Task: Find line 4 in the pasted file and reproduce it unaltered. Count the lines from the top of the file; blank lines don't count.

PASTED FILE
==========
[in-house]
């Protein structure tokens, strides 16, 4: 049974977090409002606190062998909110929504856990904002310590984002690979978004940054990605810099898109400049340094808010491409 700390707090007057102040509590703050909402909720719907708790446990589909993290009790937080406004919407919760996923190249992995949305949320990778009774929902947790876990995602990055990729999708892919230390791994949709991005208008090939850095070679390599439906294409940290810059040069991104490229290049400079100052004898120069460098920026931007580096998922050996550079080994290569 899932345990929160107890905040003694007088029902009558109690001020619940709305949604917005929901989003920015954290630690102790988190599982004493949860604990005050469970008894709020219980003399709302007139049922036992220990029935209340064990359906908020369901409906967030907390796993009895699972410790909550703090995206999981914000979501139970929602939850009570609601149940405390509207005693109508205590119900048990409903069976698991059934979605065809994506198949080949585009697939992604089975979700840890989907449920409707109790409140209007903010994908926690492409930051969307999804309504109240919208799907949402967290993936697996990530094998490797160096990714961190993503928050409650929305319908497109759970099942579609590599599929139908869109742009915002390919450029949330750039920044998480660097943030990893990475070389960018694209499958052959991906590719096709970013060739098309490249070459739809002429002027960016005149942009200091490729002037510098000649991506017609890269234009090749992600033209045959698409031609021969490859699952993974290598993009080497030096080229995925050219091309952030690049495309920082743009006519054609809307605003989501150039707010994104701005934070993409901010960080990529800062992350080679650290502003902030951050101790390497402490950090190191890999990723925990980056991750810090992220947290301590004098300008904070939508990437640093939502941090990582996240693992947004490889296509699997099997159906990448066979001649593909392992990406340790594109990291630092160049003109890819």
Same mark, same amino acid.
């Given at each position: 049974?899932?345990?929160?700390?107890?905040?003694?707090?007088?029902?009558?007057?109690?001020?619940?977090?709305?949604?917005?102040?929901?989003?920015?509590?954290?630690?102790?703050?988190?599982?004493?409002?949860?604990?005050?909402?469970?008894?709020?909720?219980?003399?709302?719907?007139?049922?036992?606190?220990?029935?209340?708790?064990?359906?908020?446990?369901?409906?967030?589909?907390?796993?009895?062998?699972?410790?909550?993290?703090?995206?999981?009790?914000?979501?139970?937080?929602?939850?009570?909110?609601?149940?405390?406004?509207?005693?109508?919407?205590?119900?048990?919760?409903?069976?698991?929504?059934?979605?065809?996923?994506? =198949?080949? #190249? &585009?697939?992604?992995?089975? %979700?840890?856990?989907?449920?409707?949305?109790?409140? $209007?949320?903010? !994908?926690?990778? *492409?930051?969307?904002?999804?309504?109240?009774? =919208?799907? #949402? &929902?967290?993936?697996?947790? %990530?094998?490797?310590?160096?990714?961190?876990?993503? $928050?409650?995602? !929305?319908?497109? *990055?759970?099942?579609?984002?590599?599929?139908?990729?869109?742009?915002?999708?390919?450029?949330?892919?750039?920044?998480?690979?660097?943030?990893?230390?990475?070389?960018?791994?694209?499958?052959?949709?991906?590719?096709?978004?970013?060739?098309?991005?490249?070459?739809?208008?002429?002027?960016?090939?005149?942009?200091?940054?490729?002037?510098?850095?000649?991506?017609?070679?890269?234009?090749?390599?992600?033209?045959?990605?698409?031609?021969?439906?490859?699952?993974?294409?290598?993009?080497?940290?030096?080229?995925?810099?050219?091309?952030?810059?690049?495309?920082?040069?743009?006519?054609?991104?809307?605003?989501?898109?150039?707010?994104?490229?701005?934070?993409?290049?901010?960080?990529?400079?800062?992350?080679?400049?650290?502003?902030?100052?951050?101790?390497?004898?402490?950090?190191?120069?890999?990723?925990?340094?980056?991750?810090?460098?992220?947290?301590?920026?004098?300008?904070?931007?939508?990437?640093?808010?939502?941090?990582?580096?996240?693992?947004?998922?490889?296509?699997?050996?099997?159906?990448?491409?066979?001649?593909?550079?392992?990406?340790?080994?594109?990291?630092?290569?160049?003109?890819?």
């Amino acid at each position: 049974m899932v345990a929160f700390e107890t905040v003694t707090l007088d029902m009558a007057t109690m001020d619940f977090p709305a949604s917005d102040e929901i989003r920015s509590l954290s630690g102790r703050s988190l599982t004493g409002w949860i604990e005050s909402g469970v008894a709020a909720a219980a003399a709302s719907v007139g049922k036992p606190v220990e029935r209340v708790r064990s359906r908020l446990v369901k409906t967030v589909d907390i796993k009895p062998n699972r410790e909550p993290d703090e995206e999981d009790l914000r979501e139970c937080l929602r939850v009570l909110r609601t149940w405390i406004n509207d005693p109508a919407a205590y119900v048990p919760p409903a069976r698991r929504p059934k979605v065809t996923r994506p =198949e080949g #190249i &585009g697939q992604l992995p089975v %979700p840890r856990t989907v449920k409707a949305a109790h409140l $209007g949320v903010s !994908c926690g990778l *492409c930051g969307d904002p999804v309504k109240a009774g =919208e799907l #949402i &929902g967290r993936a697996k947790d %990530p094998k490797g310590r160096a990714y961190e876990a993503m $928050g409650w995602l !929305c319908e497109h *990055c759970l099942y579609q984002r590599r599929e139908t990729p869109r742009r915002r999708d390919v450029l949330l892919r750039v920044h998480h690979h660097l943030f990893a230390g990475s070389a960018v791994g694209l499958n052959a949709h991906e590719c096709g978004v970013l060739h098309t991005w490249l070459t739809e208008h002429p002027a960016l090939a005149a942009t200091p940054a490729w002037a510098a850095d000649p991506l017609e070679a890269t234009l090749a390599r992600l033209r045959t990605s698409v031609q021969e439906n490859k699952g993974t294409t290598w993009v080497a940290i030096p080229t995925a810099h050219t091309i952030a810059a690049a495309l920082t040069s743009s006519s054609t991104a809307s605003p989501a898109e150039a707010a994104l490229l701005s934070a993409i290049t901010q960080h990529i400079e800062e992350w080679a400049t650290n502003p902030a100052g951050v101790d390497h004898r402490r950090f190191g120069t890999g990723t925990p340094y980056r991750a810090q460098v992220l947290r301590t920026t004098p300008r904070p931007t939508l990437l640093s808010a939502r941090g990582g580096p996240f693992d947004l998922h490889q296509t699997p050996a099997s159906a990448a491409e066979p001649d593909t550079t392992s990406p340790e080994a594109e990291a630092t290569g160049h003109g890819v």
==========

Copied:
């Given at each position: 049974?899932?345990?929160?700390?107890?905040?003694?707090?007088?029902?009558?007057?109690?001020?619940?977090?709305?949604?917005?102040?929901?989003?920015?509590?954290?630690?102790?703050?988190?599982?004493?409002?949860?604990?005050?909402?469970?008894?709020?909720?219980?003399?709302?719907?007139?049922?036992?606190?220990?029935?209340?708790?064990?359906?908020?446990?369901?409906?967030?589909?907390?796993?009895?062998?699972?410790?909550?993290?703090?995206?999981?009790?914000?979501?139970?937080?929602?939850?009570?909110?609601?149940?405390?406004?509207?005693?109508?919407?205590?119900?048990?919760?409903?069976?698991?929504?059934?979605?065809?996923?994506? =198949?080949? #190249? &585009?697939?992604?992995?089975? %979700?840890?856990?989907?449920?409707?949305?109790?409140? $209007?949320?903010? !994908?926690?990778? *492409?930051?969307?904002?999804?309504?109240?009774? =919208?799907? #949402? &929902?967290?993936?697996?947790? %990530?094998?490797?310590?160096?990714?961190?876990?993503? $928050?409650?995602? !929305?319908?497109? *990055?759970?099942?579609?984002?590599?599929?139908?990729?869109?742009?915002?999708?390919?450029?949330?892919?750039?920044?998480?690979?660097?943030?990893?230390?990475?070389?960018?791994?694209?499958?052959?949709?991906?590719?096709?978004?970013?060739?098309?991005?490249?070459?739809?208008?002429?002027?960016?090939?005149?942009?200091?940054?490729?002037?510098?850095?000649?991506?017609?070679?890269?234009?090749?390599?992600?033209?045959?990605?698409?031609?021969?439906?490859?699952?993974?294409?290598?993009?080497?940290?030096?080229?995925?810099?050219?091309?952030?810059?690049?495309?920082?040069?743009?006519?054609?991104?809307?605003?989501?898109?150039?707010?994104?490229?701005?934070?993409?290049?901010?960080?990529?400079?800062?992350?080679?400049?650290?502003?902030?100052?951050?101790?390497?004898?402490?950090?190191?120069?890999?990723?925990?340094?980056?991750?810090?460098?992220?947290?301590?920026?004098?300008?904070?931007?939508?990437?640093?808010?939502?941090?990582?580096?996240?693992?947004?998922?490889?296509?699997?050996?099997?159906?990448?491409?066979?001649?593909?550079?392992?990406?340790?080994?594109?990291?630092?290569?160049?003109?890819?």